A Survey on Machine Reading Comprehension: Tasks, Evaluation Metrics, and Benchmark Datasets (Zeng et al., 2020).


This paper provides a comprehensive survey on MRC tasks, evaluation metrics, and existing benchmark datasets. I find the Tasks section and the Open Issues section most helpful.


  1. a definition of typical MRC tasks is given, which can be seen as a supervised problem: (context, question -> answer).
  2. concept clarification about MRC
    • multi-modal MRC vs. textual MRC: multi-modal MRC also involves images and videos, such as RecipeQA and MovieQA.
    • MRC vs. QA:
      • These two tasks are not subsets of one another.
      • Some MRC may be seen as a special case QA, in that QA can also be open-domain and that QA can also be solved by rule-based method, information retrival method and knowledge-based method.
      • On the other hand, just like human, reading comhension can be about giving correct answers to questions, and can also be about asking the right or sensible questions given the context. And in multi-modal MRC, QA is just one part of it, and we also need CV.
    • MRC vs. NLP. Syntax information can help with MT, and some MRC models can be used in NLI as well (ex. SAN). (Need to figure out the definitions of NLP and NLI.)
  3. Classification of MRC Tasks (clear and well-defined)
    • type of corpus: multi-modal, textual
    • type of questions: cloze style, natural, synthetic
    • type of answers: natural, multiple choice
    • source of answers: span, free-form

Benchmark Datasets

In the Benchmark Dataset section, the authors list almost all available datasets and they kindly provide a website summarizing all the datasets. One good feature I like the most is the prerequisite skills (Table 8) and an overview of the characterisitcs of each dataset (Table 10). The prerequisite skills may provide some ideas on building new models and interpretation. And among the characteristics, I am the most interested in Complex Reasoning.

I checked most of them and found that some of them were not active in these two years. I hereby list the ones that I find active and interesting and also with leaderboard. I care about leaderboard is because I want to check the gap between the state-of-art of human performance to see further improvement potential.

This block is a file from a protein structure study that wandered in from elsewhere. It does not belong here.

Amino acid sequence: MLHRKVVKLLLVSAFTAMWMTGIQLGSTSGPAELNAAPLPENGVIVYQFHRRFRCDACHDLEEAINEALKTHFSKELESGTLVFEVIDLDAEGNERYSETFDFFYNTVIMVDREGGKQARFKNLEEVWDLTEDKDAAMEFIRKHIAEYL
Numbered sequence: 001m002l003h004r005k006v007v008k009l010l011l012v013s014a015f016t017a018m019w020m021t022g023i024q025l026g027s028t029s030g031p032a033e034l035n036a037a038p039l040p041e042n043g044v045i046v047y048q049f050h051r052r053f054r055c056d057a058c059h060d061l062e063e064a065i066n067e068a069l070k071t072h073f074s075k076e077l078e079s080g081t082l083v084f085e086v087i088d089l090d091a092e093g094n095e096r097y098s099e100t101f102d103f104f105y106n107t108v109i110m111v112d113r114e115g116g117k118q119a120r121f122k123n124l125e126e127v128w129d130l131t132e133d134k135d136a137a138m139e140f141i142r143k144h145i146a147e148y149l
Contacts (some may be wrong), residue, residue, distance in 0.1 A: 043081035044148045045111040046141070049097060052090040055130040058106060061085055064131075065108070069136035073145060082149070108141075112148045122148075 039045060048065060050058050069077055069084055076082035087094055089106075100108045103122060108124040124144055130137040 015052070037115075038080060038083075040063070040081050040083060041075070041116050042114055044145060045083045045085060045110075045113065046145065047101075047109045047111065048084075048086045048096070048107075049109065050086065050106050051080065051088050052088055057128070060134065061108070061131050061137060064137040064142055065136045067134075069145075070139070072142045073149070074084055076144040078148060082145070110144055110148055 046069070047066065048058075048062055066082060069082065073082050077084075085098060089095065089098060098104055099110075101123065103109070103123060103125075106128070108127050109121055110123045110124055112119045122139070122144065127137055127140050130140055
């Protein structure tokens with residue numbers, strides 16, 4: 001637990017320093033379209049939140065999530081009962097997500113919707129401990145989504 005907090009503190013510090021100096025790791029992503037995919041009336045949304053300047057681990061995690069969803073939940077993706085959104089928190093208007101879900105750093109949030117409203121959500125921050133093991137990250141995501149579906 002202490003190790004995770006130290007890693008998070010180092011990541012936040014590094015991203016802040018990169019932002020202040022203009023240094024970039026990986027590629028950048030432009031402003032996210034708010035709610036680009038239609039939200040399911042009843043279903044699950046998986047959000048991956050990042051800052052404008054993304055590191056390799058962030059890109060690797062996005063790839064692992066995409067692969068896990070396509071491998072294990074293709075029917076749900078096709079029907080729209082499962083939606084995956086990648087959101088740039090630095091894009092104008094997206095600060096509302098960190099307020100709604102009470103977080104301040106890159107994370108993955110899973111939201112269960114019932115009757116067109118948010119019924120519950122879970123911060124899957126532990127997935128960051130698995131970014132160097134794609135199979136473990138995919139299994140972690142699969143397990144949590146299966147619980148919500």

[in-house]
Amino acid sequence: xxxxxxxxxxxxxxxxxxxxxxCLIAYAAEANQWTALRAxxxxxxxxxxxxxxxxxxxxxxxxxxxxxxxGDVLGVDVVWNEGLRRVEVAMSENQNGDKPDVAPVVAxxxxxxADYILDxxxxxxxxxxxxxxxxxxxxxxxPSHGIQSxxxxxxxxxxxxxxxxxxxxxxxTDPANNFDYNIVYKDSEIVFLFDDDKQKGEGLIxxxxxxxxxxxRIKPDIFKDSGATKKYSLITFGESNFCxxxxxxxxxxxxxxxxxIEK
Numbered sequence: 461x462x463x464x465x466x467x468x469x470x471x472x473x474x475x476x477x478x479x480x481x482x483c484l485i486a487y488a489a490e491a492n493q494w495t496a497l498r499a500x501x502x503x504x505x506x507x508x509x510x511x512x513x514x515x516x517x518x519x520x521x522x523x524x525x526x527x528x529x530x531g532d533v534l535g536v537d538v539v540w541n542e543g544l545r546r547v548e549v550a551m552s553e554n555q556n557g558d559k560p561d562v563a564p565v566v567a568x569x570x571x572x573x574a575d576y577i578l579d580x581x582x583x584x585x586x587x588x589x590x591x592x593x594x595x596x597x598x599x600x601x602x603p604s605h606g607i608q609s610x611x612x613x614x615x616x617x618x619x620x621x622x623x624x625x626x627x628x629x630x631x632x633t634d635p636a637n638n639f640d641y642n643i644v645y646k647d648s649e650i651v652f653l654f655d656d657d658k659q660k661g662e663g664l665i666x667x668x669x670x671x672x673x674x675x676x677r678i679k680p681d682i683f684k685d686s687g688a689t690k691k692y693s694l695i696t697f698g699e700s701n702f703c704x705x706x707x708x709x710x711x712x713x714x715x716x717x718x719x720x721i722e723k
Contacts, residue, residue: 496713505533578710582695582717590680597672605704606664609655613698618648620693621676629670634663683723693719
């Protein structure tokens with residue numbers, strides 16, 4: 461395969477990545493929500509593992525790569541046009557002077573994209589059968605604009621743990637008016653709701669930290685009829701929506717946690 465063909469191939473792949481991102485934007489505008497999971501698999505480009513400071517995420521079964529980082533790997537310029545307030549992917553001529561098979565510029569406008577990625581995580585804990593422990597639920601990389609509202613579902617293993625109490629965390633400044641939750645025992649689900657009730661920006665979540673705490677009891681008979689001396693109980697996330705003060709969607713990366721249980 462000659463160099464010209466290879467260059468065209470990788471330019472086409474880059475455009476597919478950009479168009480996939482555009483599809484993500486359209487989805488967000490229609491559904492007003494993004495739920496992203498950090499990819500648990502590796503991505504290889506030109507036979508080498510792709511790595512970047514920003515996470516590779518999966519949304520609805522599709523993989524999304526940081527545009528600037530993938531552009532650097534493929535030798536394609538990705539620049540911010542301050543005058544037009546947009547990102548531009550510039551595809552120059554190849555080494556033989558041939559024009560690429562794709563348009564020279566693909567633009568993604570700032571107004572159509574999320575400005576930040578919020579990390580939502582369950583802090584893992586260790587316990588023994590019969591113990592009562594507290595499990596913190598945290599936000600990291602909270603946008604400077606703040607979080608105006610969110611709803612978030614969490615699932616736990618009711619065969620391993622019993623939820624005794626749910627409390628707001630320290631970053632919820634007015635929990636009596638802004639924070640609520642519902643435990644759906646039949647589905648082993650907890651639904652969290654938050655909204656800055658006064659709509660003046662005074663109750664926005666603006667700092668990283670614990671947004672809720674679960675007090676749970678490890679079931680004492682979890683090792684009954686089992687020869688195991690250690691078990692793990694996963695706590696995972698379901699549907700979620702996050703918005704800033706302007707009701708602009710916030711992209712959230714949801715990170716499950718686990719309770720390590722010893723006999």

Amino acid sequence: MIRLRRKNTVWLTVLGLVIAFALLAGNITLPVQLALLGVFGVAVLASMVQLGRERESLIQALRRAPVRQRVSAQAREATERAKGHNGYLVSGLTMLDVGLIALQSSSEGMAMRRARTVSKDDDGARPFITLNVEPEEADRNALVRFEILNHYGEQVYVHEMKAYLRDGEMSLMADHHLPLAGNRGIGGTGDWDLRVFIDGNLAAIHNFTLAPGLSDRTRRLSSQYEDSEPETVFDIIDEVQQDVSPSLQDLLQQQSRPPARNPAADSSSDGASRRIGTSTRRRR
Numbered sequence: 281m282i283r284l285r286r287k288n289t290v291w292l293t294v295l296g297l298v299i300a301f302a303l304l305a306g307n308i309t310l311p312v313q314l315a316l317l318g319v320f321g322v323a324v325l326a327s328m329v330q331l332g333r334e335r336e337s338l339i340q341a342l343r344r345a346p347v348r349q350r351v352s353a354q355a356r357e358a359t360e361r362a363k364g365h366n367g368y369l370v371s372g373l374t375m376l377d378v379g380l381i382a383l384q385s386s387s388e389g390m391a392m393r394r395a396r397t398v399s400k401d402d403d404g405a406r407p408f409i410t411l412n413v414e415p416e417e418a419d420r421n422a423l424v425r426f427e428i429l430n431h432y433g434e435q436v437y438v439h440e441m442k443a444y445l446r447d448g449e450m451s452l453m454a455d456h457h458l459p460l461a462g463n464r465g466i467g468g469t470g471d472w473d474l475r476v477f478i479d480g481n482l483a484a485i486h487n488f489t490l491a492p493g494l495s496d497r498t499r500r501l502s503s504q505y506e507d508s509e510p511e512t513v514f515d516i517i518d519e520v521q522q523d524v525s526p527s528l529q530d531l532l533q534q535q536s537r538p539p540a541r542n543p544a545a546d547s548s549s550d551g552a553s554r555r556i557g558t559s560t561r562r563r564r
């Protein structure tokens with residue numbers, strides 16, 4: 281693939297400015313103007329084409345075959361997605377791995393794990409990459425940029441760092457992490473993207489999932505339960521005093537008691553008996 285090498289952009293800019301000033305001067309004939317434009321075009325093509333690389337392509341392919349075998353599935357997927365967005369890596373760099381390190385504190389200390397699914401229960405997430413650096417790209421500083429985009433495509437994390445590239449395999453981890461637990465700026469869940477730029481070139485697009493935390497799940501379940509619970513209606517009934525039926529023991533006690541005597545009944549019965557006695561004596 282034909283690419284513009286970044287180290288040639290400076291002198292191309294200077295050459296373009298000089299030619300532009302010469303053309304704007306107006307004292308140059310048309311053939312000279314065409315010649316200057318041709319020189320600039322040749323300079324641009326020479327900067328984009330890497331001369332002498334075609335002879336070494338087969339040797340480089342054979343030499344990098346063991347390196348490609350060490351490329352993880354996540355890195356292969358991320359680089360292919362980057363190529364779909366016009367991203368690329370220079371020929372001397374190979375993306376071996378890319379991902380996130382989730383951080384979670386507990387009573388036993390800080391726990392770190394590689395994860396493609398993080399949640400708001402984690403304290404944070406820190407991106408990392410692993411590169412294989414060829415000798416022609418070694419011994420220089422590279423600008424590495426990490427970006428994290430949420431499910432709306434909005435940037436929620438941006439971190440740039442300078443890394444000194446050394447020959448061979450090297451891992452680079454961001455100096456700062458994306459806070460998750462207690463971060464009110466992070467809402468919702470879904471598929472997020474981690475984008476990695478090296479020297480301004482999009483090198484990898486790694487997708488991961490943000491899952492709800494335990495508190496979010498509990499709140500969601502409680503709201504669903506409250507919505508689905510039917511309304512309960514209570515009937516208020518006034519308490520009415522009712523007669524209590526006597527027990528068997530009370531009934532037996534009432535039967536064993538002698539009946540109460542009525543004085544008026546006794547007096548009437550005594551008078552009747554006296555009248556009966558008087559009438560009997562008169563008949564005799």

• ARC: commonsense knowledge and complex reasoning
  • OpenBookQA: commonsense knowledge
  • ReCoRD (part of SuperGLUE now): commonsense knowledge
  • HotpotQA
  • SciTail
  • DROP: complex reasonsing
  • RACE: passage reading comprehension from middle- and high-school English exams. Involve complex reasoning. I am intersted in this dataset since the questions in the exams are usually made up by experts and should have higher quality.
  • TriviaQA
  • SQuAD
  • CoQA: conversational QA
  • SuperGLUE

In these leaderboards, UnifiedQA (Khashabi et al., 2020), XLNet (Yang et al., 2019), ALBERT (Lan et al., 2019) , RoBERTa (Liu et al., 2019) , T5 (Raffel et al., 2019) , and DeBERTa (He et al., 2020) are models that achieve good results.

Open Issues

In the Open Issues section, the authors think multi-modal MRC, commonsense knowledge, complex reasoning, robustness, and interpretability is worth investigation.


  1. Zeng, C., Li, S., Li, Q., Hu, J., & Hu, J. (2020). A Survey on Machine Reading Comprehension—Tasks, Evaluation Metrics and Benchmark Datasets. Applied Sciences, 10(21), 7640.
  2. Khashabi, D., Khot, T., Sabharwal, A., Tafjord, O., Clark, P., & Hajishirzi, H. (2020). Unifiedqa: Crossing format boundaries with a single qa system. ArXiv Preprint ArXiv:2005.00700.
  3. Yang, Z., Dai, Z., Yang, Y., Carbonell, J., Salakhutdinov, R. R., & Le, Q. V. (2019). Xlnet: Generalized autoregressive pretraining for language understanding. Advances in Neural Information Processing Systems, 5753–5763.
  4. Lan, Z., Chen, M., Goodman, S., Gimpel, K., Sharma, P., & Soricut, R. (2019). Albert: A lite bert for self-supervised learning of language representations. ArXiv Preprint ArXiv:1909.11942.
  5. Liu, Y., Ott, M., Goyal, N., Du, J., Joshi, M., Chen, D., Levy, O., Lewis, M., Zettlemoyer, L., & Stoyanov, V. (2019). Roberta: A robustly optimized bert pretraining approach. ArXiv Preprint ArXiv:1907.11692.
  6. Raffel, C., Shazeer, N., Roberts, A., Lee, K., Narang, S., Matena, M., Zhou, Y., Li, W., & Liu, P. J. (2019). Exploring the limits of transfer learning with a unified text-to-text transformer. ArXiv Preprint ArXiv:1910.10683.
  7. He, P., Liu, X., Gao, J., & Chen, W. (2020). DeBERTa: Decoding-enhanced BERT with Disentangled Attention. ArXiv Preprint ArXiv:2006.03654.